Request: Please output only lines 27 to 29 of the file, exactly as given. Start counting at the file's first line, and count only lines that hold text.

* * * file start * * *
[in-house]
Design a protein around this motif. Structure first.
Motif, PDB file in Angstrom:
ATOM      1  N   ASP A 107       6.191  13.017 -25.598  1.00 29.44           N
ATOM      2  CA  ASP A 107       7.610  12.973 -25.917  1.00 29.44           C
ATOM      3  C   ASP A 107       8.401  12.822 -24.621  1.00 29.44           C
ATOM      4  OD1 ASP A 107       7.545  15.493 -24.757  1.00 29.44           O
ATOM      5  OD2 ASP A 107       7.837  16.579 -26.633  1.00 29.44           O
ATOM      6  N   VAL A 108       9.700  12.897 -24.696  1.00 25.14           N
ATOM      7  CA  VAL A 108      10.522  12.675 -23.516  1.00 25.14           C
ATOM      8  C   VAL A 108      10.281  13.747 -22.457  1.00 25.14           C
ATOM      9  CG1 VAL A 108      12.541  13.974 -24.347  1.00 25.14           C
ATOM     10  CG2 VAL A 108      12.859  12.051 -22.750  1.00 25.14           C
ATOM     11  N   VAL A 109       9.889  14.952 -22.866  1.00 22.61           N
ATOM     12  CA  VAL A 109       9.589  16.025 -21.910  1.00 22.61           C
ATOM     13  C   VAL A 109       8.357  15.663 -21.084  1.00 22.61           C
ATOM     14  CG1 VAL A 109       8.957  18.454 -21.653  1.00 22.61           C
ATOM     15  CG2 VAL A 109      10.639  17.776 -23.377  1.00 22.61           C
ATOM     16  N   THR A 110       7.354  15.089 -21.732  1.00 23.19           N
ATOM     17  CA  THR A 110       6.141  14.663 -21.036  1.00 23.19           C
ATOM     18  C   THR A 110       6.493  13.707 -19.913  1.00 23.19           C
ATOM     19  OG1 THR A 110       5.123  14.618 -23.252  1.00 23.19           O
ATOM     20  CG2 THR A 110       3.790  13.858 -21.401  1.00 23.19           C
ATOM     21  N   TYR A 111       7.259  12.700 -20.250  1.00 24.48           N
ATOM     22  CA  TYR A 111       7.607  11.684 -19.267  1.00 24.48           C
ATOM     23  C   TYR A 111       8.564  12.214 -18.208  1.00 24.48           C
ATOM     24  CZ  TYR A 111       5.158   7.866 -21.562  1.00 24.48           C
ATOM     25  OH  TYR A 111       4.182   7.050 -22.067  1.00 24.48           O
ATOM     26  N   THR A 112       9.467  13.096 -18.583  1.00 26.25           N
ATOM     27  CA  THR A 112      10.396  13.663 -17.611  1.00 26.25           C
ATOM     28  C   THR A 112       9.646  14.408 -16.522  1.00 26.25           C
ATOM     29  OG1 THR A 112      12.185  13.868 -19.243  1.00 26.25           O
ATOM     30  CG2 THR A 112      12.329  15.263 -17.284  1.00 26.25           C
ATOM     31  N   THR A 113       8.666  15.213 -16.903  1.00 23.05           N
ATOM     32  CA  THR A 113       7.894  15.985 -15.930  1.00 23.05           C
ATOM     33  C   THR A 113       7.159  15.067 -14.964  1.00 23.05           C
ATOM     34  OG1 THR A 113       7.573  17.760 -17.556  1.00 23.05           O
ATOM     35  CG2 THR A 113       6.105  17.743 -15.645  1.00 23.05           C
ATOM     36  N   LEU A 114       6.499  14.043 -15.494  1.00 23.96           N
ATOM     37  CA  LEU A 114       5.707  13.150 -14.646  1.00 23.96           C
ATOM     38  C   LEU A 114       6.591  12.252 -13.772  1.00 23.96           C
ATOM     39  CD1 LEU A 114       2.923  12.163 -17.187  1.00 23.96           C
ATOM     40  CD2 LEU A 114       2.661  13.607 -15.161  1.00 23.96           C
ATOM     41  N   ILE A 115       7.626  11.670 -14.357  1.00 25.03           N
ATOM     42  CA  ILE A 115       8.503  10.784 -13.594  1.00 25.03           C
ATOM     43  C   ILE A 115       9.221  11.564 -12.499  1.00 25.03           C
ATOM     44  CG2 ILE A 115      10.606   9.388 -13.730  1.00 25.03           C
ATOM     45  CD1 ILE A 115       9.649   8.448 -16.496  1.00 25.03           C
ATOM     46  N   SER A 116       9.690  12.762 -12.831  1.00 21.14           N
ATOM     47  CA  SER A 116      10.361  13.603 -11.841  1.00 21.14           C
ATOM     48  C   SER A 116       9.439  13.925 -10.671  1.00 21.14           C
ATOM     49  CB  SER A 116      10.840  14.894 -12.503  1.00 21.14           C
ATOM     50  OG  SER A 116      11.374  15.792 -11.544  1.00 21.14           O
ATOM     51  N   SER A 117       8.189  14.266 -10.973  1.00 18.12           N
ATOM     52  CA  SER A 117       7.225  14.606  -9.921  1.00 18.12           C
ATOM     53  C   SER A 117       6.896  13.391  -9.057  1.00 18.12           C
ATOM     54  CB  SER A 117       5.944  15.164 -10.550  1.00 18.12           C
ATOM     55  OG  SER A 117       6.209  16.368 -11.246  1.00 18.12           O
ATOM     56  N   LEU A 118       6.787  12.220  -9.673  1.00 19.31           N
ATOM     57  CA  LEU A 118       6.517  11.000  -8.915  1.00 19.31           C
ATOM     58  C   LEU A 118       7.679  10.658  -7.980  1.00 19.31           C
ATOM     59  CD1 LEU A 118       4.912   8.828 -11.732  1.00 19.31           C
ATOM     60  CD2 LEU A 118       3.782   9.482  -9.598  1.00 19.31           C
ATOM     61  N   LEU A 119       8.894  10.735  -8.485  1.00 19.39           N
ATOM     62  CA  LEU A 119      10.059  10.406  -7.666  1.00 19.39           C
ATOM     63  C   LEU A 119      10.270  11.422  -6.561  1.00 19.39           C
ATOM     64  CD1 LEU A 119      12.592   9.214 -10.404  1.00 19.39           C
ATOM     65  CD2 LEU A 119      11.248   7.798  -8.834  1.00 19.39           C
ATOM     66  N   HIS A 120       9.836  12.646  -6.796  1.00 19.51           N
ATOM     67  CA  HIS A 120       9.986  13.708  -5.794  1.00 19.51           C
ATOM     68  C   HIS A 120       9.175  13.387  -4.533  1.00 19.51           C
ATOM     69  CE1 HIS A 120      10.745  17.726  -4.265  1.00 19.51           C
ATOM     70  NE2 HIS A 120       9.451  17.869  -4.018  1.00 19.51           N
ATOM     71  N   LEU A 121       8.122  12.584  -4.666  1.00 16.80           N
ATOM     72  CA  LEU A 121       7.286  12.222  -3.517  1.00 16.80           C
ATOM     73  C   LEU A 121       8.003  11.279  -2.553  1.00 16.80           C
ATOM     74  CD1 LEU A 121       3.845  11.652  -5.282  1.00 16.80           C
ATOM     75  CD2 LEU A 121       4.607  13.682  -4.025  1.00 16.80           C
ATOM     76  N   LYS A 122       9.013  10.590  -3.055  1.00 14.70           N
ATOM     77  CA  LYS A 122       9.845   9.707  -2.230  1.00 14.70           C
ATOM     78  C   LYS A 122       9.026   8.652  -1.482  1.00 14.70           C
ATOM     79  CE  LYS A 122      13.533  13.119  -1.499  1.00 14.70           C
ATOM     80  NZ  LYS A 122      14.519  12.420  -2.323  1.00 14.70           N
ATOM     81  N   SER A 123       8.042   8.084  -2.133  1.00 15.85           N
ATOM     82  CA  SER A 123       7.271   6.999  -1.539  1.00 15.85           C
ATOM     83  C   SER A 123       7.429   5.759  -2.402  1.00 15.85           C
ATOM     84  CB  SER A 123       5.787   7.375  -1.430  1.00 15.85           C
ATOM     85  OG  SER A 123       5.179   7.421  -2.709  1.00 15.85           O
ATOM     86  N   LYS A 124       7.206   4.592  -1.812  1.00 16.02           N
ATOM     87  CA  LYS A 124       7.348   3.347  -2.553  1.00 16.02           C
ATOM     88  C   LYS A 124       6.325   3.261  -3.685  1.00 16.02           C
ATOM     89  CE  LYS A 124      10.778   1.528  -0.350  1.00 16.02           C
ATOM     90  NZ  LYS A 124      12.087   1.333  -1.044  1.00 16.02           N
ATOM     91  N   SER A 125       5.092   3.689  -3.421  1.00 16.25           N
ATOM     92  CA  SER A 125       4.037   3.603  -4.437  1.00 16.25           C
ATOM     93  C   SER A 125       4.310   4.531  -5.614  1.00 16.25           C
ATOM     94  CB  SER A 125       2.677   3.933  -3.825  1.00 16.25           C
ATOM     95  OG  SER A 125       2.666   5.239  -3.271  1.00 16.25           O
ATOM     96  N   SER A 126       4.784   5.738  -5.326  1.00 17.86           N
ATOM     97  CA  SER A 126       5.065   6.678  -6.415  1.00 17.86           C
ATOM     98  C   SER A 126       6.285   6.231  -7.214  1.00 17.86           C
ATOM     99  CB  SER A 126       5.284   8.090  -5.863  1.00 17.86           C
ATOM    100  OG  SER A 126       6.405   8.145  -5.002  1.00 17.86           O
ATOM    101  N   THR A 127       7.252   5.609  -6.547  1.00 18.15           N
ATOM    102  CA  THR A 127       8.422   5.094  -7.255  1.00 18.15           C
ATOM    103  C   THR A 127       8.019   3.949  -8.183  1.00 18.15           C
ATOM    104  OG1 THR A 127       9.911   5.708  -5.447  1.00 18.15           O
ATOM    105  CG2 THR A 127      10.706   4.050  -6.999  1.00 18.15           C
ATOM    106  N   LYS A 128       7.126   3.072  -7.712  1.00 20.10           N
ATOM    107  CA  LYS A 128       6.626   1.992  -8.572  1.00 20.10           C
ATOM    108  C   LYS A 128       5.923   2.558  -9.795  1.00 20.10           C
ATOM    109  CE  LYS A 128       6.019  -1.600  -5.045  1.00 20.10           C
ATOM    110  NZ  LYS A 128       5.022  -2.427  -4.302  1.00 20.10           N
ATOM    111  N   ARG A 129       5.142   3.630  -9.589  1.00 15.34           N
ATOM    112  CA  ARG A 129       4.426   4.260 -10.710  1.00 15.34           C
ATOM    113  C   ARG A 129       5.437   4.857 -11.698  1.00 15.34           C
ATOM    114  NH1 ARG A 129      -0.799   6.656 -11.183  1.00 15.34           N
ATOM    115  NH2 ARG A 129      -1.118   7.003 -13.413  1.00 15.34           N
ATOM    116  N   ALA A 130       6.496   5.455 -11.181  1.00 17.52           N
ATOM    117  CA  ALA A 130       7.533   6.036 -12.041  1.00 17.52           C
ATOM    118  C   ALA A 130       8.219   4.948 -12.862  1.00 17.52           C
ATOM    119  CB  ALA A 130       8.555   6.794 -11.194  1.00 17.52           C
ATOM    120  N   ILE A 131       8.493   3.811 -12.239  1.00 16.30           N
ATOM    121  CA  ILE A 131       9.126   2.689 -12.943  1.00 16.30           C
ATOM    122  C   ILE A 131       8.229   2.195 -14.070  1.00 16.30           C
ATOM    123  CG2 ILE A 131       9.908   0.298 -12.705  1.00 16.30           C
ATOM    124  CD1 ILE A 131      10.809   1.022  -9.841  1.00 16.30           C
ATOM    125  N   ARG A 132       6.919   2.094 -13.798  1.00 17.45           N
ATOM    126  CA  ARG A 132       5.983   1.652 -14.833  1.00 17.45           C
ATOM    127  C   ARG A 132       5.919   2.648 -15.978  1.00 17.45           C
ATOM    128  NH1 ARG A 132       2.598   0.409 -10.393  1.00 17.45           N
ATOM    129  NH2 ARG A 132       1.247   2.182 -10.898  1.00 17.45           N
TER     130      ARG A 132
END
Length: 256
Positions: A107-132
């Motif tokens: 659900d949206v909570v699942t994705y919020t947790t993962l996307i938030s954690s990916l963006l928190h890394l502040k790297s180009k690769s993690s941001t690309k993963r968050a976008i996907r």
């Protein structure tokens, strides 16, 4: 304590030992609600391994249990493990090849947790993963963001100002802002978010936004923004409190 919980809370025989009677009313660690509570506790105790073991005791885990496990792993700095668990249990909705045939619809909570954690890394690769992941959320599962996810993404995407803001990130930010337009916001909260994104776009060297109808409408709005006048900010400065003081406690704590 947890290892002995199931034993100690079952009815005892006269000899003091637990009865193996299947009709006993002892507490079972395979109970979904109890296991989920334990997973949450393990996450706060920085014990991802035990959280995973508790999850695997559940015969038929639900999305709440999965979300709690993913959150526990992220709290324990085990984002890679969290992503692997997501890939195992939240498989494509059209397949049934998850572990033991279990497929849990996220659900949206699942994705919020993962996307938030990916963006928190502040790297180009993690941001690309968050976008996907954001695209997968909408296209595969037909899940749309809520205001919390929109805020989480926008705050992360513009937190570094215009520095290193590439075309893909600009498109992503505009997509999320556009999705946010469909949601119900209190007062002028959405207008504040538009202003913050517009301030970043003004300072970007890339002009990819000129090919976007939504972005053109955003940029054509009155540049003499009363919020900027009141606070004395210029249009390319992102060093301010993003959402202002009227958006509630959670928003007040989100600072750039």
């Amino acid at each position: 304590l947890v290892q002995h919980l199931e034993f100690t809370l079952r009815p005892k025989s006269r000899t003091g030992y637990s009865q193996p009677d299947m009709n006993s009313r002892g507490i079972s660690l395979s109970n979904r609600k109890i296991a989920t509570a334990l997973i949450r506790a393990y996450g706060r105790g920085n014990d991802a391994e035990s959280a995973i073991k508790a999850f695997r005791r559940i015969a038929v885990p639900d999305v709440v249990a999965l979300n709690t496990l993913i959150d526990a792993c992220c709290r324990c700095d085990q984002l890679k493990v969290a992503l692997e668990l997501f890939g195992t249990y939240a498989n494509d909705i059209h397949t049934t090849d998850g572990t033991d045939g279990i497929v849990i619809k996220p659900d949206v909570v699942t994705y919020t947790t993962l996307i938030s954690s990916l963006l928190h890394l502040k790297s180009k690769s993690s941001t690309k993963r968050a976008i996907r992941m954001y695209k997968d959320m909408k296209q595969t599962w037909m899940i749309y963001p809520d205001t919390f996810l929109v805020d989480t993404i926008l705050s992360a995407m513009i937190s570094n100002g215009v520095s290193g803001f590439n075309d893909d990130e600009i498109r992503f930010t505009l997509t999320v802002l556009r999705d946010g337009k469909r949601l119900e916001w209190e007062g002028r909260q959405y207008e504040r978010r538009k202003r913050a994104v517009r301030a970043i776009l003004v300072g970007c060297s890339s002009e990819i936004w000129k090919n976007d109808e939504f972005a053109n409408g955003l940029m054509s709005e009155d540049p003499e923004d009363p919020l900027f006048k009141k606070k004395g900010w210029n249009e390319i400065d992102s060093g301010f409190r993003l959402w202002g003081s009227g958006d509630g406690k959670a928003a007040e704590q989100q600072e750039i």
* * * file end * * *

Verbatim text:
ATOM     24  CZ  TYR A 111       5.158   7.866 -21.562  1.00 24.48           C
ATOM     25  OH  TYR A 111       4.182   7.050 -22.067  1.00 24.48           O
ATOM     26  N   THR A 112       9.467  13.096 -18.583  1.00 26.25           N